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13 January 2011


Pilgrim badge from Boxley

Chambers' Book of Days:
One of the most famous of these roods or crucifixes was that at the abbey of Boxley, in Kent, which was entitled the Rood of Grace. The legend is, that an English carpenter, having been taken prisoner in the French wars, and wishing to employ his leisure as well as obtain his ransom, made a very skilful piece of workmanship of wood, wire, paste, and paper, in the form of a cross of exquisite proportion, on which hung the figure of our Saviour, which, by means of springs, could bow down, lift itself up, shake its hands and feet, nod the head, roll its eyes, and smile or frown. The carpenter, getting permission to return and sell his work, put it on a horse, and drove it before him; but stopping near Rochester at an alehouse for refreshment, the animal passed on, and missing the straight road, galloped south to Boxley, and being driven by some divine furie, never stopped until it reached the church-door, when it kicked so loudly with its heels, that the monks ran out to see the wonder. No sooner was the door opened, than the horse rushed in, and stood still by a pillar. The monks were proceeding to unload, when the owner appeared, and claimed his property; but in vain did he try to lead the horse from the sanctuary; it seemed nailed to the spot. He next attempted to remove the rood, but was equally unsuccessful; so that in the end, through sheer weariness and the entreaties of the monks to have the image left with them, he consented to sell it to them for a piece of money...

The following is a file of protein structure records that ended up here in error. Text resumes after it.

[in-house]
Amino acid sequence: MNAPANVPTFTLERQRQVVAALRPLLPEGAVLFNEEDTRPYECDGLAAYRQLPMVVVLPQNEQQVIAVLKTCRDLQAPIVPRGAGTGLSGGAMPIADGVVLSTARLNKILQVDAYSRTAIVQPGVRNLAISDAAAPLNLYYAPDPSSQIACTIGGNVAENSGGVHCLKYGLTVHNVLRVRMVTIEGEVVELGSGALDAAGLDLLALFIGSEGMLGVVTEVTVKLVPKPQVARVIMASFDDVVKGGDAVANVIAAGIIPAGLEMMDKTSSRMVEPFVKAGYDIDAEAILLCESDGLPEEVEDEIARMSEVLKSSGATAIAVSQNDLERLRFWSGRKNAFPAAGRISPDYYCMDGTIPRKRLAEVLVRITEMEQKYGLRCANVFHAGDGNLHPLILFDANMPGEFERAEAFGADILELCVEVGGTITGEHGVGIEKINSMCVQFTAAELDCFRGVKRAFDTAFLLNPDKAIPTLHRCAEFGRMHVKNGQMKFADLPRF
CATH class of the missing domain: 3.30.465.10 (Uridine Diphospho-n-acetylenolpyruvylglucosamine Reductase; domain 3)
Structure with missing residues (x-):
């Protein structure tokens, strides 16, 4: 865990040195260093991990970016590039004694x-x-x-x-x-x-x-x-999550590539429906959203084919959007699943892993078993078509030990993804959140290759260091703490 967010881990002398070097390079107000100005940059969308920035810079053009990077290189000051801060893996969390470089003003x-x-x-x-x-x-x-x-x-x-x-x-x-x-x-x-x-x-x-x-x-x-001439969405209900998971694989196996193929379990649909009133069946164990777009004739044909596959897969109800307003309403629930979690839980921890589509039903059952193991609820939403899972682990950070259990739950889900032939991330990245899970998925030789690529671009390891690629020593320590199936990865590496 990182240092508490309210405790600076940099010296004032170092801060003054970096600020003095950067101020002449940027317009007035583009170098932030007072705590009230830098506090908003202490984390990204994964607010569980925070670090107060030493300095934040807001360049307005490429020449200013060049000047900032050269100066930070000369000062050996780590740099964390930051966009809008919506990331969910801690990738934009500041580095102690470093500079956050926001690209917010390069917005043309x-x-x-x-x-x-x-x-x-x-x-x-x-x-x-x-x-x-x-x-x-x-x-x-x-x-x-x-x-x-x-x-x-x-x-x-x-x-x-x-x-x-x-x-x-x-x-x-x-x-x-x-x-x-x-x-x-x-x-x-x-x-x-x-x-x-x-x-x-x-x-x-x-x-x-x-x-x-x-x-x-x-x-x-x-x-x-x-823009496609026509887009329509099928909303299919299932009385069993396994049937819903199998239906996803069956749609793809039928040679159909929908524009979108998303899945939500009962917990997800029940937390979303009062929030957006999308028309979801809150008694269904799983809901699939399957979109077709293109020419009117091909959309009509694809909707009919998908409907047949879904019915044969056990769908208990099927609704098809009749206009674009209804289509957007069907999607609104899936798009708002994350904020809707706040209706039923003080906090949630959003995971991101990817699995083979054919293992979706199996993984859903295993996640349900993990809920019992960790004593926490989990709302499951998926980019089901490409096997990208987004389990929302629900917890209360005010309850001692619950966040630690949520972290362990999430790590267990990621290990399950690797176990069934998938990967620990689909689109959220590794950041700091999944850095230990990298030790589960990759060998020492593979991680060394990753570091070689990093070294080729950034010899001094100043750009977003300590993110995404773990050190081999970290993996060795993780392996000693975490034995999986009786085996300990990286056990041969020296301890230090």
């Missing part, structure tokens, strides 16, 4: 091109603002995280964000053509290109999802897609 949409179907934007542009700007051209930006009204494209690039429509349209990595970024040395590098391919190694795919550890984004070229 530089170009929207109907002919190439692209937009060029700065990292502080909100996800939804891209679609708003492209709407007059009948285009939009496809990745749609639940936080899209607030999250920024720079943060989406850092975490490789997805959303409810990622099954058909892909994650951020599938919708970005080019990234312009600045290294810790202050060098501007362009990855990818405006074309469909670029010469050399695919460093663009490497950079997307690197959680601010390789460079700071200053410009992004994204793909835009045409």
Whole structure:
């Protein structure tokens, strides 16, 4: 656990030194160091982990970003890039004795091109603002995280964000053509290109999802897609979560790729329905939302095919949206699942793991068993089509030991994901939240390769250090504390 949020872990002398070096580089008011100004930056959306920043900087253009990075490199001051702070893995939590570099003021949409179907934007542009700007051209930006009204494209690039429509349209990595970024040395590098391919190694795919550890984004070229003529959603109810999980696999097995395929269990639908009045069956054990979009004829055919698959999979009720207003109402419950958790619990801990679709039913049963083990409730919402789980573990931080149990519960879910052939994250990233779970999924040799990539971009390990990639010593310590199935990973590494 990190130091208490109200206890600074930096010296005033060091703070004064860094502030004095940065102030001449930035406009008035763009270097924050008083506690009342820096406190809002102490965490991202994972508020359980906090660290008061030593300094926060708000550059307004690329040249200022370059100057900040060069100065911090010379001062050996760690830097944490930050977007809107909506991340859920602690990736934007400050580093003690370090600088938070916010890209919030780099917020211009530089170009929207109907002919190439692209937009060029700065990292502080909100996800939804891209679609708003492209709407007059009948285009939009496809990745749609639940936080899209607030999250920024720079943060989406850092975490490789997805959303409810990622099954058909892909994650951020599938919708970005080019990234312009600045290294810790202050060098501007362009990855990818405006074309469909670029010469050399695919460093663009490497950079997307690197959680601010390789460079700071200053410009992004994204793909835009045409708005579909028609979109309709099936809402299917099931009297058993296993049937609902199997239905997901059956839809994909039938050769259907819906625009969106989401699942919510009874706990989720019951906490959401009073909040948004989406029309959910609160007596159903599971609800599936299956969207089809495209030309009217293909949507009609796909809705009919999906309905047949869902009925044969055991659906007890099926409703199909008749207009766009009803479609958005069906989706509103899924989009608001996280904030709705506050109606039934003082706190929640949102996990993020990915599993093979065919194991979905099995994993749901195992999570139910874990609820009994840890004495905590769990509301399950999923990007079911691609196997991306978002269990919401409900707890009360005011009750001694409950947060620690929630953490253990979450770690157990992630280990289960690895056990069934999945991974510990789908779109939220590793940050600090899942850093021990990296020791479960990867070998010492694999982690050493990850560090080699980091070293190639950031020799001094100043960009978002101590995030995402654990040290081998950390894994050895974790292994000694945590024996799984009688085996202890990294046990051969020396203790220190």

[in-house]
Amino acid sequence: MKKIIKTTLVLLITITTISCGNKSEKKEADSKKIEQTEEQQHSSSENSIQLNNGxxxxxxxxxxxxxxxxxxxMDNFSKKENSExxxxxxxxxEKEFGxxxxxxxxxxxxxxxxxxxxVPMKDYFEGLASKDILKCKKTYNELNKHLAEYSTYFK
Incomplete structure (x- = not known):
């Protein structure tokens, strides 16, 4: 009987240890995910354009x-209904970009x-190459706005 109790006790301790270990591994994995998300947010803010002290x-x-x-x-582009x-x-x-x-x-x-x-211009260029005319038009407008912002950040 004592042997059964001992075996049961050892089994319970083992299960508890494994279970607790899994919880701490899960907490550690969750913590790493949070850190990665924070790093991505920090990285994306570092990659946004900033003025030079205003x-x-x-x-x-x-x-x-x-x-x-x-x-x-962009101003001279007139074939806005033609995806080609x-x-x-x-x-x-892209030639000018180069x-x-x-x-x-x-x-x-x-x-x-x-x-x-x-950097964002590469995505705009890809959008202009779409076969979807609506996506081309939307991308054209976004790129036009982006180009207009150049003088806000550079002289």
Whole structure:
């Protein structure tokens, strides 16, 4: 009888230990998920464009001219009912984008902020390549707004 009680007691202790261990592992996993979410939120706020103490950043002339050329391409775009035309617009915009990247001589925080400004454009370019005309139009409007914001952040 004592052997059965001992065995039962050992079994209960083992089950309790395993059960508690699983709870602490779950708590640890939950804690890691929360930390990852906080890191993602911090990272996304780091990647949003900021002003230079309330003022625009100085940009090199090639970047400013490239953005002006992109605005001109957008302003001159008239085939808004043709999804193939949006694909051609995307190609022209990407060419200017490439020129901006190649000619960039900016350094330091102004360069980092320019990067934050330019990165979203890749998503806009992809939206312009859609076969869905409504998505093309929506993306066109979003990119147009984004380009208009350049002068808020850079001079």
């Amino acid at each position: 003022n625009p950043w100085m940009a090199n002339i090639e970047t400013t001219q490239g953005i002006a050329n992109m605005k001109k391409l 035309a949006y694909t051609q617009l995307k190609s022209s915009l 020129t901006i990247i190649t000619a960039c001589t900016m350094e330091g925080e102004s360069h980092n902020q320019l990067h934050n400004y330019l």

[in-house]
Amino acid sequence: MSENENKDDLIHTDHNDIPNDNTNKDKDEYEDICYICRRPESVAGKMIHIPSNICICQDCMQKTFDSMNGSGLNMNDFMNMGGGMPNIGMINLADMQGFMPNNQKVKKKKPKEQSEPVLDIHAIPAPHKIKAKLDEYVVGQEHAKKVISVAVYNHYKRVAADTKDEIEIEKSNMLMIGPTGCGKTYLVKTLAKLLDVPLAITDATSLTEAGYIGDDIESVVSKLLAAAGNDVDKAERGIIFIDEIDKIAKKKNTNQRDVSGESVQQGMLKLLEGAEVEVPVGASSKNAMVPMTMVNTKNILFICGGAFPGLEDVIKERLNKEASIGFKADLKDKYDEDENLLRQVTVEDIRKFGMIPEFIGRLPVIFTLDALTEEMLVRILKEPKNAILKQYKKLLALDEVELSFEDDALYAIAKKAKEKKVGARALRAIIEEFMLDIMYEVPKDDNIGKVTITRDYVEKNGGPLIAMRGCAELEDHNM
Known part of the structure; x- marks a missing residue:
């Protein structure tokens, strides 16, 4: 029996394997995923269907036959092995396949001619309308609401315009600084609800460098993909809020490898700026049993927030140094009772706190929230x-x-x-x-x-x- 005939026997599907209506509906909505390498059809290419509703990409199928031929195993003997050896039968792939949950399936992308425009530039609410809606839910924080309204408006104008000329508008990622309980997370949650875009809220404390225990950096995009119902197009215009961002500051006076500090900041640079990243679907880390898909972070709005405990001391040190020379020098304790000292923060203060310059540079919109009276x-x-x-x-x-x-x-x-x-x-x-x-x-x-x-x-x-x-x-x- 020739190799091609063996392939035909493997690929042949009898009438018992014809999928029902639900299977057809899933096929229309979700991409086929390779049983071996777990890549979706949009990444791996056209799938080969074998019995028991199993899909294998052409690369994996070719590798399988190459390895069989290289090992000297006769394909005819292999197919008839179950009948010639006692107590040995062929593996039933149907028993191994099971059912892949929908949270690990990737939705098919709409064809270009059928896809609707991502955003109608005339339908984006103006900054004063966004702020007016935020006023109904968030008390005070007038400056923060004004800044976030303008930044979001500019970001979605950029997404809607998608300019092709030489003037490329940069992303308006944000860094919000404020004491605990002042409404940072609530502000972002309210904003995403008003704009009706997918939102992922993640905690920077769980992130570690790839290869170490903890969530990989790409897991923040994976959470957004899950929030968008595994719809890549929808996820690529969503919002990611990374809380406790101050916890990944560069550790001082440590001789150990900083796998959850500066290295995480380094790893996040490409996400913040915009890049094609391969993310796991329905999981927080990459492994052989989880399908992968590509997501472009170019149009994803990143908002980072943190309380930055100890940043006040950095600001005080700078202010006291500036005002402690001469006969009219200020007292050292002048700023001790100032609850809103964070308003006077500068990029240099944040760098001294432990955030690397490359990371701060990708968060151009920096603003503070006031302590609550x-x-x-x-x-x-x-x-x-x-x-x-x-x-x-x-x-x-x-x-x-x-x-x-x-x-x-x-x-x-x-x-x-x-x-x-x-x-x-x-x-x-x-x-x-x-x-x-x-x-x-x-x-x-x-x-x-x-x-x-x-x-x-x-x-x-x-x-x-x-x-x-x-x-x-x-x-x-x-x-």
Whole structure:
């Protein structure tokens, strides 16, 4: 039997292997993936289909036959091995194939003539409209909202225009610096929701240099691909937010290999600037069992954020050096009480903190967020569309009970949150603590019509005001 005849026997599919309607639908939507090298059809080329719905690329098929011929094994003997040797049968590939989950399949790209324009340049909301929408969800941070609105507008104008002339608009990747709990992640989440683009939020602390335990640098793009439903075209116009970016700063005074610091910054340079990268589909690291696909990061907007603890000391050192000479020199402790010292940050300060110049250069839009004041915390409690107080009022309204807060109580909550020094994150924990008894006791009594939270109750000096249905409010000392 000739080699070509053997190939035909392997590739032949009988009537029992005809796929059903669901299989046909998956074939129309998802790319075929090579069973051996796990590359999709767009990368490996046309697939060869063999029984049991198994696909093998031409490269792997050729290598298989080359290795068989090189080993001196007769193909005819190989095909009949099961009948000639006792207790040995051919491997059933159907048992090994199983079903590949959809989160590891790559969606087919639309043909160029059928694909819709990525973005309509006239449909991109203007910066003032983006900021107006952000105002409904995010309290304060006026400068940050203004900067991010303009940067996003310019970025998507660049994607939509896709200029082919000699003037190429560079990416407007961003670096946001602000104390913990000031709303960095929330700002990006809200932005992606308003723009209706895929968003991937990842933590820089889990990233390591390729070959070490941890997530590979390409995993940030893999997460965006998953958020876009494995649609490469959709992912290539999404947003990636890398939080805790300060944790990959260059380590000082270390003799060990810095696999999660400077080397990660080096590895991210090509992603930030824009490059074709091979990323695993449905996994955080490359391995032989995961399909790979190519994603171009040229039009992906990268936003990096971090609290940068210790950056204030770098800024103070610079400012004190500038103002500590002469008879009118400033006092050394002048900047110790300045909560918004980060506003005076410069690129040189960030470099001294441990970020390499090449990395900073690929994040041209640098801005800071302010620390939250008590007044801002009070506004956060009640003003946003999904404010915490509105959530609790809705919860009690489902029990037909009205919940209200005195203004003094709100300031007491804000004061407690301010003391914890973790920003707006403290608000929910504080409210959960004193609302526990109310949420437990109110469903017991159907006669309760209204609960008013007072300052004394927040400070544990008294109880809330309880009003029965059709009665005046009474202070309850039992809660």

At the dissolution of the abbeys, Cromwell and his associates laid their ruthless hands on Boxley; and Nicholas Partridge, suspecting some cheat in the Rood of Grace, made an examination, and soon discovered the spring which turned the mechanism. It was taken to Maidstone, and there exposed to the people; from thence to London, where the king and his court laughed at the object they had once deemed holy; and, finally, it was brought before an immense multitude at St. Paul's Cross, by Hilsey, bishop of Rochester, on Sunday, the 24th of February 1538, when it was broken to pieces and buried, the bishop preaching a sermon on the subject.

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